Encyclopedia of Fantasy (1997)
Gothic Fantasy

The starting point of Gothic literature is usually given as The Castle of Otranto (1765) by Horace Walpole, but its antecedents are evident in much earlier work, especially the plays of John Webster (?1580-?1634) and William Shakespeare. Although most Gothic fiction is tragedy, its key component is the Edifice; Walpole's novel introduced all the main Plot Devices. Gothic fiction usually takes place in an ancient castle or abbey whose owner discovers his noble line is doomed, usually because some past misdemeanour has caused the family to be cursed (> Curses). All Fate seems against him as he strives to overcome massive odds (frequently of either genuine or fabricated supernatural origin), and he usually fails. The story may be told from the viewpoint of another character, one dispossessed of his inheritance, who may regain it. Walpole's Otranto abounds in supernatural manifestations, and is thus a true GF; but not all Gothic fiction is genuinely supernatural. The devices may be rationalized (> Rationalized Fantasy). Pure or High Gothic aims to terrify; the supernatural may appear in Low Gothic without the need to terrify – indeed, towards the end of the Gothic Age the novels tended to self-Parody. Later writers have used the setting for atmosphere and as a device to simplify explanations to readers well versed in the material.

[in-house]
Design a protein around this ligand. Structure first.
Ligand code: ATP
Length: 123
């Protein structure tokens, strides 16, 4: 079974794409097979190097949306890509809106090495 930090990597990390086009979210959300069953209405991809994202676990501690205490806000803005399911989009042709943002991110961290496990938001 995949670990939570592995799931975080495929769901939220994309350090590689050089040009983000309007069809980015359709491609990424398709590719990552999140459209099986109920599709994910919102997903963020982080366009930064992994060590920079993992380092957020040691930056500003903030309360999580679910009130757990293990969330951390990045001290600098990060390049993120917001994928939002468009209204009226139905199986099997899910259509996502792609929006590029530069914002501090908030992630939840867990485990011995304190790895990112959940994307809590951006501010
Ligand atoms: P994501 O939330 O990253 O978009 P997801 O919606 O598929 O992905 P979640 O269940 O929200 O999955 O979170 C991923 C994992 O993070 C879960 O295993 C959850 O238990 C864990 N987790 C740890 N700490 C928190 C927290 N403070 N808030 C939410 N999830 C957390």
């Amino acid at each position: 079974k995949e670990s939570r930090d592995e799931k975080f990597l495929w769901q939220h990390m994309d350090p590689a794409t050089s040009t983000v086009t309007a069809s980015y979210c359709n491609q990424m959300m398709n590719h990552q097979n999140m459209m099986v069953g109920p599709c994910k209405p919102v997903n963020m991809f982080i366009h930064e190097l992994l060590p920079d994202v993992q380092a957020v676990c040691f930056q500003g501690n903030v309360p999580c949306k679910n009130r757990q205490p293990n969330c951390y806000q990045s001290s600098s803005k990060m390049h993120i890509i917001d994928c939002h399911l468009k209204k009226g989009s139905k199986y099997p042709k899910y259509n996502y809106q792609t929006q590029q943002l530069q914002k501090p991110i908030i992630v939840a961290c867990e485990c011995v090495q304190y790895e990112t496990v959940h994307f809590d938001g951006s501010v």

The usual pedigree of the GF passes from Walpole to Clara Reeve's The Champion of Virtue (1777; vt The Old English Baron 1778), to The Recess: A Tale of Other Times (1783-85) by Sophia Lee (1750-1824), which established the Historical Gothic, through William Beckford's Vathek (1786), which merged Oriental Fantasy with the Gothic, to Ann Radcliffe's The Mysteries of Udolpho (1794), to Matthew Lewis's The Monk (1796), the peak of the Gothic Horror novel, to The Midnight Bell (1798) by the prolific Francis Lathom (1777-1832), culminating in Melmoth the Wanderer (1820) by Charles Maturin, which mingled all the elements to produce the ultimate Gothic romance. By this time the Gothic trappings were being supplanted by a deeper psychological exploration of the doomed hero (> Accursed Wanderer), a furrow already ploughed by Mary Shelley in Frankenstein (1818). The tragic elements of the Gothic remained but, with the removal of the Edifice, the Gothic flame dimmed. Its influence continued, however: many Victorian Haunted-Dwelling stories and melodramas are Gothic in treatment, especially the sensation novels of the late Georgian and early Victorian periods – by writers like W Harrison Ainsworth, Wilkie Collins and Lord Bulwer-Lytton – and the penny dreadfuls of the mid-19th century, typified by the works of G W M Reynolds (1814-1879), James Malcolm Rymer, Thomas Pecket Prest (1810-1859) and G P R James (1799-1860). During its ascendancy the Gothic influence was parodied by Jane Austen (1775-1817) in Northanger Abbey (1818); it was desensationalized and adopted into the mainstream by Charlotte Brontë in Jane Eyre (1847) and Emily Brontë in Wuthering Heights (1847).